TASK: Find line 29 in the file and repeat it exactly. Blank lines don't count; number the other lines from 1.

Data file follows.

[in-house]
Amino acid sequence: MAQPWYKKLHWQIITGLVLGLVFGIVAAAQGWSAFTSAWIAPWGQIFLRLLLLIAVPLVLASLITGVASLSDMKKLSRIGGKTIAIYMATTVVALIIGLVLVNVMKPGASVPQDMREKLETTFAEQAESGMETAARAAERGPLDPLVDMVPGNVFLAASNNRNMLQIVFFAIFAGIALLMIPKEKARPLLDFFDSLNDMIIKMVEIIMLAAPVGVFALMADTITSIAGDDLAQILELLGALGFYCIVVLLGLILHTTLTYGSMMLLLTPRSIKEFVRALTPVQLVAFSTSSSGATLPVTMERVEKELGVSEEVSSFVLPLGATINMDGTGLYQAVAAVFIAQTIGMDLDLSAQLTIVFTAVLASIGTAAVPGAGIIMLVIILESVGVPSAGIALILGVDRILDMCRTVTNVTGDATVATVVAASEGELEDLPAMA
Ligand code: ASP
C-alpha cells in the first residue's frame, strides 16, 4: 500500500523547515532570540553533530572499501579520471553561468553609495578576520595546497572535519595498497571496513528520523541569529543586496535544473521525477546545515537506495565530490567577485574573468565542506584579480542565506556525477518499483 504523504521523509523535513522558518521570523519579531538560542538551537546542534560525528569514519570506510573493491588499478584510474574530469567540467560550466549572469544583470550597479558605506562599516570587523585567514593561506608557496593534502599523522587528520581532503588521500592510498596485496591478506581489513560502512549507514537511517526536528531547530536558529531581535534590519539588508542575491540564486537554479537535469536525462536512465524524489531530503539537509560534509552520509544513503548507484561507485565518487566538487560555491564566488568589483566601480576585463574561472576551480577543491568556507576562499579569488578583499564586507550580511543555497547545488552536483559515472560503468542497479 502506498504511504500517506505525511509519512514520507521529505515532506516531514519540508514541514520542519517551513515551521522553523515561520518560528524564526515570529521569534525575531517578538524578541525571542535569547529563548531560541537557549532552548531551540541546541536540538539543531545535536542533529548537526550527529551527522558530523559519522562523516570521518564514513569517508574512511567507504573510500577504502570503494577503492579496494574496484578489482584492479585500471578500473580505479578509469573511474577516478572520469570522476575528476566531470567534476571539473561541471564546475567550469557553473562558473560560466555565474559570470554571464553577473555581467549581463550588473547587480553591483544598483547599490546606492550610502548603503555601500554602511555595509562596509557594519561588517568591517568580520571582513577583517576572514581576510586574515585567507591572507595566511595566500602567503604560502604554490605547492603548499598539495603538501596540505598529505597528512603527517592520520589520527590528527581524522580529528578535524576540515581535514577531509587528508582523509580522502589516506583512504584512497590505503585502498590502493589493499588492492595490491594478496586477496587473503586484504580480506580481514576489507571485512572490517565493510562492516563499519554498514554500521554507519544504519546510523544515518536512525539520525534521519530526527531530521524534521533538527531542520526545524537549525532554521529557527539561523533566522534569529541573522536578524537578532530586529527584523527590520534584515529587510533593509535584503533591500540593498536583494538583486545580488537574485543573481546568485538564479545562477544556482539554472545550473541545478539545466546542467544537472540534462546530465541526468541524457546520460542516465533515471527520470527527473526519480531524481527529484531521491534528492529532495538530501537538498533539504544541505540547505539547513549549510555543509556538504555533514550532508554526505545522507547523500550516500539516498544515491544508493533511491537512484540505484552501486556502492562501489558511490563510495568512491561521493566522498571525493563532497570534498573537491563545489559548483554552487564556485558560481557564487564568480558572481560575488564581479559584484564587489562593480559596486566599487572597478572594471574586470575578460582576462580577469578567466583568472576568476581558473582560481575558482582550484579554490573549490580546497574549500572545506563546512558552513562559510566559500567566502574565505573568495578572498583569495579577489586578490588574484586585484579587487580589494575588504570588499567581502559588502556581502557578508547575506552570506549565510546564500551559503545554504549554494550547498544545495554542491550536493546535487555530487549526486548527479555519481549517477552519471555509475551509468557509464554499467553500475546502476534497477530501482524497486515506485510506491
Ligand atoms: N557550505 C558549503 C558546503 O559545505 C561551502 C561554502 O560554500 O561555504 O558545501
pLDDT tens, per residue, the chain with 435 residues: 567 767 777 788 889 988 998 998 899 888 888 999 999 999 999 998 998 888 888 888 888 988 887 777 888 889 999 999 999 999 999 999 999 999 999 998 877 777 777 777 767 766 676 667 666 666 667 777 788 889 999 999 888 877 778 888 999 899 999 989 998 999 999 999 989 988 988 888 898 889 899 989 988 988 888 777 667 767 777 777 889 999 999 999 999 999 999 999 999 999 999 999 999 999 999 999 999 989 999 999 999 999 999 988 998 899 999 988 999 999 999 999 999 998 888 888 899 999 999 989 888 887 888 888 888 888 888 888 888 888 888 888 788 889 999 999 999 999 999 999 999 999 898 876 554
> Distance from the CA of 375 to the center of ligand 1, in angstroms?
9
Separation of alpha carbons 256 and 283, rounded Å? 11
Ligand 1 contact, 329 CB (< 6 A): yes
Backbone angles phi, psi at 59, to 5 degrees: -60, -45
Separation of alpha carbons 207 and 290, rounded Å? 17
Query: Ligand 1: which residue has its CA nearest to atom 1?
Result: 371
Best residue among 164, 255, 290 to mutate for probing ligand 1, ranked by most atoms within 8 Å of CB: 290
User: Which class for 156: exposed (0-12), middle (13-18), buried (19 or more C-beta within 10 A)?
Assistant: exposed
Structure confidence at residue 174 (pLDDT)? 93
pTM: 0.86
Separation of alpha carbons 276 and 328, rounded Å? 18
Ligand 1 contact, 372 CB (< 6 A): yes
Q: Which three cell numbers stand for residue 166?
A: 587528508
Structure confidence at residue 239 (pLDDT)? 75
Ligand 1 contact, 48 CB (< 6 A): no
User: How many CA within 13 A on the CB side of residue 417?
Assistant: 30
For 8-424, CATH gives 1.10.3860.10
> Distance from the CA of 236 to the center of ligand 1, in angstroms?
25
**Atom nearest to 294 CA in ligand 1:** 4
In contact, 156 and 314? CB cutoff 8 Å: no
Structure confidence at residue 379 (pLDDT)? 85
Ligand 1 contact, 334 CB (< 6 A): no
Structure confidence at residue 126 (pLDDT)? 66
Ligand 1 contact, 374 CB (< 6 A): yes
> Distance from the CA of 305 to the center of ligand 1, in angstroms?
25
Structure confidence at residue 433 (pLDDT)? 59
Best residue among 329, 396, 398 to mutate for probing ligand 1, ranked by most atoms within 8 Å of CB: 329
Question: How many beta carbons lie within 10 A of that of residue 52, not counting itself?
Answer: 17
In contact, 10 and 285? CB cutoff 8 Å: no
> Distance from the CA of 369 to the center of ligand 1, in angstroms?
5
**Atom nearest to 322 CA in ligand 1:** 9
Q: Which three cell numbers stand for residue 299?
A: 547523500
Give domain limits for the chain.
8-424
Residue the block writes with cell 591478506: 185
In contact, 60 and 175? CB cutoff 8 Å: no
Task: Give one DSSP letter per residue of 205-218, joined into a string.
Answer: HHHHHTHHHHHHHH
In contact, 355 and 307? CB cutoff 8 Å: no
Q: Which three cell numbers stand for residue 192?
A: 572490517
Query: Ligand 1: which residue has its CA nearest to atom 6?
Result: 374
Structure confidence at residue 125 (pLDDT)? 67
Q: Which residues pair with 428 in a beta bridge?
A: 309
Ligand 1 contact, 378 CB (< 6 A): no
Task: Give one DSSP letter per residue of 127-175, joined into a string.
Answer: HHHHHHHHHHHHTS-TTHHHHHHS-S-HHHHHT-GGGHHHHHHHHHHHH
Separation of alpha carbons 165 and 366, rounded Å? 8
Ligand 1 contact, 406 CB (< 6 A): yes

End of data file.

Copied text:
> Distance from the CA of 236 to the center of ligand 1, in angstroms?